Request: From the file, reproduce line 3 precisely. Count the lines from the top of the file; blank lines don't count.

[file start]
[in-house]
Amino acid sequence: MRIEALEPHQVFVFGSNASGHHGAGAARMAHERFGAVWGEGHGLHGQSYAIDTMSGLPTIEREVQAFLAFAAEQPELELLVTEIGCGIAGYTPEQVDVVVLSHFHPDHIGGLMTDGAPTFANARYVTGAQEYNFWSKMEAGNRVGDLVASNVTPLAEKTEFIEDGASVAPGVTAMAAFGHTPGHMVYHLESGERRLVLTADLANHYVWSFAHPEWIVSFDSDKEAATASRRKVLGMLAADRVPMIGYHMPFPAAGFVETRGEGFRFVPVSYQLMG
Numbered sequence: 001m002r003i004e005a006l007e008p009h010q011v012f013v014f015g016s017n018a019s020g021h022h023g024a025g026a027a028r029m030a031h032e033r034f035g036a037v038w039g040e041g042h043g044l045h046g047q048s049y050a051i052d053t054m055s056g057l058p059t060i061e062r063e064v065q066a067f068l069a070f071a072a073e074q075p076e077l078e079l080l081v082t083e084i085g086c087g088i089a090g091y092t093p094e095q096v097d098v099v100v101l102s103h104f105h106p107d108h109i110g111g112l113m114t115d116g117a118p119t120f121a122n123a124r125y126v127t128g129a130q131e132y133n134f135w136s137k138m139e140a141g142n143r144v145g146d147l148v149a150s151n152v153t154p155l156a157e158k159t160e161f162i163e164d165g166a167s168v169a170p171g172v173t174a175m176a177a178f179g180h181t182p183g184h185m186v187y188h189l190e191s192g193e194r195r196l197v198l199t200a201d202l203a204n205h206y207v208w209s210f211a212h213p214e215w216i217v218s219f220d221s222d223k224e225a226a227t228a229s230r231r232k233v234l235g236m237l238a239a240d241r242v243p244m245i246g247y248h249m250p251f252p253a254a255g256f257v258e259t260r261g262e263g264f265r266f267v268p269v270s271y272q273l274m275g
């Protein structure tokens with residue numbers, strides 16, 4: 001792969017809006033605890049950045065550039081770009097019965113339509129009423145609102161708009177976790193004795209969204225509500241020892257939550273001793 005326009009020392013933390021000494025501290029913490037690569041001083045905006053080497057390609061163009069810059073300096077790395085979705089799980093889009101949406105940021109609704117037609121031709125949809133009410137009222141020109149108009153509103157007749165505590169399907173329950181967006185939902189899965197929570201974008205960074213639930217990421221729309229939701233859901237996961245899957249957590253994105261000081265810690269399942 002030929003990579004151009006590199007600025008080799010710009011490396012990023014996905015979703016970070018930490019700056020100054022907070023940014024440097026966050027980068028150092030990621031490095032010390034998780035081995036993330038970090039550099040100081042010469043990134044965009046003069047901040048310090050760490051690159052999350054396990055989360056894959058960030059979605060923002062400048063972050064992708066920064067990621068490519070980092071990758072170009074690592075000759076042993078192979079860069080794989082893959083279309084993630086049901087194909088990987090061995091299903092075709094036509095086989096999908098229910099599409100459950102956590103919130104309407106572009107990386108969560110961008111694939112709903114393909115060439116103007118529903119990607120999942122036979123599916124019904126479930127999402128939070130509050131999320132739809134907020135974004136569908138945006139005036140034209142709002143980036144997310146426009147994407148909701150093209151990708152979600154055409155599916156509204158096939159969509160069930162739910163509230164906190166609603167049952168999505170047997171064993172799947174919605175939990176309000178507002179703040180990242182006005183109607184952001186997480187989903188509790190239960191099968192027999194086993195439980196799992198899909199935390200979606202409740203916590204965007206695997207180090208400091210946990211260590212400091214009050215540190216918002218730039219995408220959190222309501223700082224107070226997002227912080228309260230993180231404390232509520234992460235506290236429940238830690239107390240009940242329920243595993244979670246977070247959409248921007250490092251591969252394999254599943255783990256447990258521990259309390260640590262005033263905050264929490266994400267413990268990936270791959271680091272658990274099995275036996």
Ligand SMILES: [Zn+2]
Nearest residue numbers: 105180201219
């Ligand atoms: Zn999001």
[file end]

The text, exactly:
Numbered sequence: 001m002r003i004e005a006l007e008p009h010q011v012f013v014f015g016s017n018a019s020g021h022h023g024a025g026a027a028r029m030a031h032e033r034f035g036a037v038w039g040e041g042h043g044l045h046g047q048s049y050a051i052d053t054m055s056g057l058p059t060i061e062r063e064v065q066a067f068l069a070f071a072a073e074q075p076e077l078e079l080l081v082t083e084i085g086c087g088i089a090g091y092t093p094e095q096v097d098v099v100v101l102s103h104f105h106p107d108h109i110g111g112l113m114t115d116g117a118p119t120f121a122n123a124r125y126v127t128g129a130q131e132y133n134f135w136s137k138m139e140a141g142n143r144v145g146d147l148v149a150s151n152v153t154p155l156a157e158k159t160e161f162i163e164d165g166a167s168v169a170p171g172v173t174a175m176a177a178f179g180h181t182p183g184h185m186v187y188h189l190e191s192g193e194r195r196l197v198l199t200a201d202l203a204n205h206y207v208w209s210f211a212h213p214e215w216i217v218s219f220d221s222d223k224e225a226a227t228a229s230r231r232k233v234l235g236m237l238a239a240d241r242v243p244m245i246g247y248h249m250p251f252p253a254a255g256f257v258e259t260r261g262e263g264f265r266f267v268p269v270s271y272q273l274m275g